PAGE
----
This year has been a tough year in real estate for sellers, but the problem goes far beyond the real estate industry. Yesterday congress failed to pass a $700 billion dollar bail out package for financial institutions, and the Dow Jones Industrial Average lost 777 points, the largest single day crash in history. The Wilshire 5000 recorded a paper loss of $1 trillion dollars yesterday. The Feds recently took over Fannie Mae and Freddie Mac, holders of 70% of the mortgages in the U.S. WaMu bank files bankruptcy, the largest bankruptcy filing in history. [Note added Oct 9, 2008: Since the start of the year, investors have removed more than $81 billion from stock mutual funds according to the New York Times.] And there is much more to come.
What does all this mean?
Right now we have 435 congressman and 100 senators arguing over what it means and what to do, and it seems many of them will vote based on getting re-elected. That sure doesn’t give me any warm fuzzies. Do you have any confidence in the collective intelligence of these guys?
Money managers and financial advisors are very stressed right now. Many of their clients are calling with strained voices, trying to be calm, but in truth, many are freaking out.
A couple of years ago, I was in a very trying time personally. I was running on a treadmill at my favorite gym, AnyTime Fitness. I had the treadmill set to 45 minutes, and I made the mistake of staring at the timer counting down. It moved incredibly slow–40 minutes and 35 seconds, 40 minutes and 30 seconds . . . I remember thinking, “Oh man, I’ll never make it. I’m already exhausted.”
Then a small voice in my head said, “Chuck, don’t run from the pain, embrace it. Don’t fear the worse, embrace it.” In that paradigm came a sense of relief and freedom.
Fear causes stress. Great fear causes great stress. Stress causes anxiety and compounds the fear. Mix in some confusion and you get frustration. Voila! Next comes anger. With stress, anxiety, fear, confusion, and frustration, you get depression. With depression you get sadness that produces deep pain, and if this is allowed to continue long enough, you get the next natural consequence–paralysis and you begin to disconnect emotionally.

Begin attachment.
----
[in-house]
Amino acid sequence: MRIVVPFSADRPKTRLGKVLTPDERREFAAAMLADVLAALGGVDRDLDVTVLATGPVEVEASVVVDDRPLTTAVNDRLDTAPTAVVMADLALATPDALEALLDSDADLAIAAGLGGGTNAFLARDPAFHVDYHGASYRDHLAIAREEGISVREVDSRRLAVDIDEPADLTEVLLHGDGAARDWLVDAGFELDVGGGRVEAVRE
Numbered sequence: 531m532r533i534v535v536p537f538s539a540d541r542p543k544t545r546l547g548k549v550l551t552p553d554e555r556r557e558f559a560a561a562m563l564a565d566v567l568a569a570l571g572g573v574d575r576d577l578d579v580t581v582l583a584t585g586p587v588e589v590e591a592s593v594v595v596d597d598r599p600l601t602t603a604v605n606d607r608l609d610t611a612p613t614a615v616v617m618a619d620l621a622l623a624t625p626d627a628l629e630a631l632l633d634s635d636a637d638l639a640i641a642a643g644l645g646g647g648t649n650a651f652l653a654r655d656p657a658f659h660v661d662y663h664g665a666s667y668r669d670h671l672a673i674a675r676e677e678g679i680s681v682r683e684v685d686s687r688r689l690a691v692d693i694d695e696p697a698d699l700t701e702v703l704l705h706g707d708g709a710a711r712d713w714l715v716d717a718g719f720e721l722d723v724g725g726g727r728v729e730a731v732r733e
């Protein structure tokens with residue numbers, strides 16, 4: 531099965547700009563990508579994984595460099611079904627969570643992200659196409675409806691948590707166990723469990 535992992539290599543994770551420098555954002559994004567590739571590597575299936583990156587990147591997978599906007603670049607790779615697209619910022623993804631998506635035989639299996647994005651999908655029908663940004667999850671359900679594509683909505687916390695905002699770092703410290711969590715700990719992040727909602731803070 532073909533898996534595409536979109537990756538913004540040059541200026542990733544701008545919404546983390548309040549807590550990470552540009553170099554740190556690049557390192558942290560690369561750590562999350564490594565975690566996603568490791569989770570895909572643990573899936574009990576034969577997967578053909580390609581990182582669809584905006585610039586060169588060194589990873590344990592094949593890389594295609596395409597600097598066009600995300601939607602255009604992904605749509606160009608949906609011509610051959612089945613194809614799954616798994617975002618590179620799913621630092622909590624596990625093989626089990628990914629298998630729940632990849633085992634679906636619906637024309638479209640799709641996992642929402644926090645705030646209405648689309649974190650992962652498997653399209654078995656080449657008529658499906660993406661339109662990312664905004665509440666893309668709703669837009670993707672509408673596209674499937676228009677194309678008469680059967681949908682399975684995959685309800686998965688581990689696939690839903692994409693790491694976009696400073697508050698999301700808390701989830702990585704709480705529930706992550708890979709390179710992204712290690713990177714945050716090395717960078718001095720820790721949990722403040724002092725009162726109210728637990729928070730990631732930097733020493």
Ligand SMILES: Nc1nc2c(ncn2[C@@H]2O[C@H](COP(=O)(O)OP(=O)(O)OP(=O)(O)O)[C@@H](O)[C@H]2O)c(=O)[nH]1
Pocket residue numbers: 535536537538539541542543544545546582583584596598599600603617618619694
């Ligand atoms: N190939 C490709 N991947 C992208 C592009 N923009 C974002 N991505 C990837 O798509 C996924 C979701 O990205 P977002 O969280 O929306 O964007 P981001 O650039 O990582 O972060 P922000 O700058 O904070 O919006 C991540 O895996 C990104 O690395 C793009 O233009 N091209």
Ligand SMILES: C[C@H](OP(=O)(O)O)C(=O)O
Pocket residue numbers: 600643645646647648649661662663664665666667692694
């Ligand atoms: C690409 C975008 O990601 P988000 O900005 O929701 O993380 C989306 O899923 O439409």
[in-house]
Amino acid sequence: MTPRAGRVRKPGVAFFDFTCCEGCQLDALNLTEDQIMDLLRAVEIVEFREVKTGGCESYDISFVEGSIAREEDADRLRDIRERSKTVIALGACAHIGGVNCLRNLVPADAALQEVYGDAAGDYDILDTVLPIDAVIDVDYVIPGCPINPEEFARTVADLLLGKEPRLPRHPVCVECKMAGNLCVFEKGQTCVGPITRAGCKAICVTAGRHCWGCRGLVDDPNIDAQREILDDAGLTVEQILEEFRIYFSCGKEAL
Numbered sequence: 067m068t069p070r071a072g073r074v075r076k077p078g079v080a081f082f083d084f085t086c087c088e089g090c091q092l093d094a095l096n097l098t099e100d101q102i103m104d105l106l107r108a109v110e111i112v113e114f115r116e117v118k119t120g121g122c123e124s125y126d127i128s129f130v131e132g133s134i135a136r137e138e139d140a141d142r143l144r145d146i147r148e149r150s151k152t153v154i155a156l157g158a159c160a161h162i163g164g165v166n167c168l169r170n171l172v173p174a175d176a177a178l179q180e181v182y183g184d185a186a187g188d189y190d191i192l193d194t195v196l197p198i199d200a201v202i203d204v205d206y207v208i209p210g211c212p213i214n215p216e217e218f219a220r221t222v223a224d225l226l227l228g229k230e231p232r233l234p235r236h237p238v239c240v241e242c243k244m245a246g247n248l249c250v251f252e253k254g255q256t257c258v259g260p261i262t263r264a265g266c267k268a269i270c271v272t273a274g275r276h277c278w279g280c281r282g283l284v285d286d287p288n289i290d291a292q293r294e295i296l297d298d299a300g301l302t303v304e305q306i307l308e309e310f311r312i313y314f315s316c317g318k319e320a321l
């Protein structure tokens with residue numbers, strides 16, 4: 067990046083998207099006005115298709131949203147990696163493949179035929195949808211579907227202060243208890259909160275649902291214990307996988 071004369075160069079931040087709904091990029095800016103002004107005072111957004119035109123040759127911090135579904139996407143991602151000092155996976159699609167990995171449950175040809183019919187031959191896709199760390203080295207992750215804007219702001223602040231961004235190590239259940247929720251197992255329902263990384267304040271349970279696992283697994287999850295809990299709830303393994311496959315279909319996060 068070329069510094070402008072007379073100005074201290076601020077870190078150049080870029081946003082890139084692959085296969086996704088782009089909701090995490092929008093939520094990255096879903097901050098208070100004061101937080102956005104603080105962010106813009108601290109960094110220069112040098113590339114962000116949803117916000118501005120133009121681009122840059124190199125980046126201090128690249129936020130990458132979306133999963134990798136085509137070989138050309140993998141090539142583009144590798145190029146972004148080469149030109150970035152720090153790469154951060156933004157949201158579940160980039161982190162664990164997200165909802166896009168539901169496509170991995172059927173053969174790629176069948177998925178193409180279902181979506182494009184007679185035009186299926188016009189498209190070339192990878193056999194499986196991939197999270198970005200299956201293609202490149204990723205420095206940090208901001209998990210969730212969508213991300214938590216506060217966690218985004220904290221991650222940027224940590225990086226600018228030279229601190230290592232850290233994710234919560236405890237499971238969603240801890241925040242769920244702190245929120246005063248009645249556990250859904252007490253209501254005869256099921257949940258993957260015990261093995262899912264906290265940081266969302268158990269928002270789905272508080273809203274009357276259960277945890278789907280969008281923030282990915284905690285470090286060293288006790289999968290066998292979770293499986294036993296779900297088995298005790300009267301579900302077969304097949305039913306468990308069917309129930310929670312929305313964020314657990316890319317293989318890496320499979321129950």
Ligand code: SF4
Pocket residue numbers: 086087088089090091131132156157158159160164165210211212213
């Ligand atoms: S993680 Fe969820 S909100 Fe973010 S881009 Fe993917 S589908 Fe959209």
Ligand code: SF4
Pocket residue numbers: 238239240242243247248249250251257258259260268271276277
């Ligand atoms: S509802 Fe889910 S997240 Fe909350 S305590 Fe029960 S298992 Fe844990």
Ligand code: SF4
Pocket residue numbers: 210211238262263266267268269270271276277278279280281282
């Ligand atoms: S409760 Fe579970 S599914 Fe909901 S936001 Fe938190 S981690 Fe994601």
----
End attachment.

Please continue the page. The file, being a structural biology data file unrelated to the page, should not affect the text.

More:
No one on the face of the earth knows what all this economic chaos means, and none of us are going to figure it out with great understanding or develop ultimate strategies to avoid our personal struggles. In other words, there is no magic wand.
My point? Take a deep breath. Have faith. Make practical decisions to survive this turmoil. Get good advice from those you trust and who have wisdom. Do all that you can do, and then let the rest go. Here’s something to remember. You and I do not control the world.
If you’ve read from my past articles, you know I think that the stock market has a large gambling component. There are too many exogenous variables over which you have no control. Stocks can rise and fall on fundamentals, on a whim, on a rumor, or for no reason at all. If that isn’t gambling, what is? Some of the smartest mathematicians in the world have argued that there is order in chaos, even in the stock market. Maybe.
Besides the thousands of economic factors, there are human variables, such as incompetence (I give you the CEO’s of Fannie Mae, Freddie Mac, WaMu), CFO accounting fraud, misrepresentation, and manipulation.
We are in the toughest real estate market I can remember in 30 years. Yet real estate does not go “poof.” It will be there after the dust settles, although the market value certainly is down and may drop further. Of course, if a person didn’t really buy the real estate but got a maximum loan to leverage his investment, then it may be lost in a foreclosure, unless it is either rented or one has enough cash reserves to cover the mortgage debt. Still, real estate is NOT subject to the vagaries of the stock market we see now. The mortgage market is in chaos, but that is because of incompetence and greed. Real estate itself is one of the most secure long term investments a person can ever make.
In every economic crises, cash is king. Millions will be made by those with money and good credit to buy real estate in the right locations and by negotiating good deals. Those who stand by and do nothing when they could have, will pass up huge profit opportunities. [Another place millions is being made (and lost by amateurs) daily right now is in puts and calls, but that is beyond the scope of this brief article. Yes that is a form of gambling, too, but there are practical strategies that are conservative and that can result in huge returns in wild up and down markets.]
Conclusion: Stressing out serves no purpose at all. Blaming others serves no purpose. Take a deep breath. Get good advice. Make wise decisions. Let it go and be patient. And in the future, consider having more of your retirement investments in real estate with no mortgage debt. Imagine how low your stress would be now if you were in that position?
Last Updated on September 30, 2008 by Chuck Marunde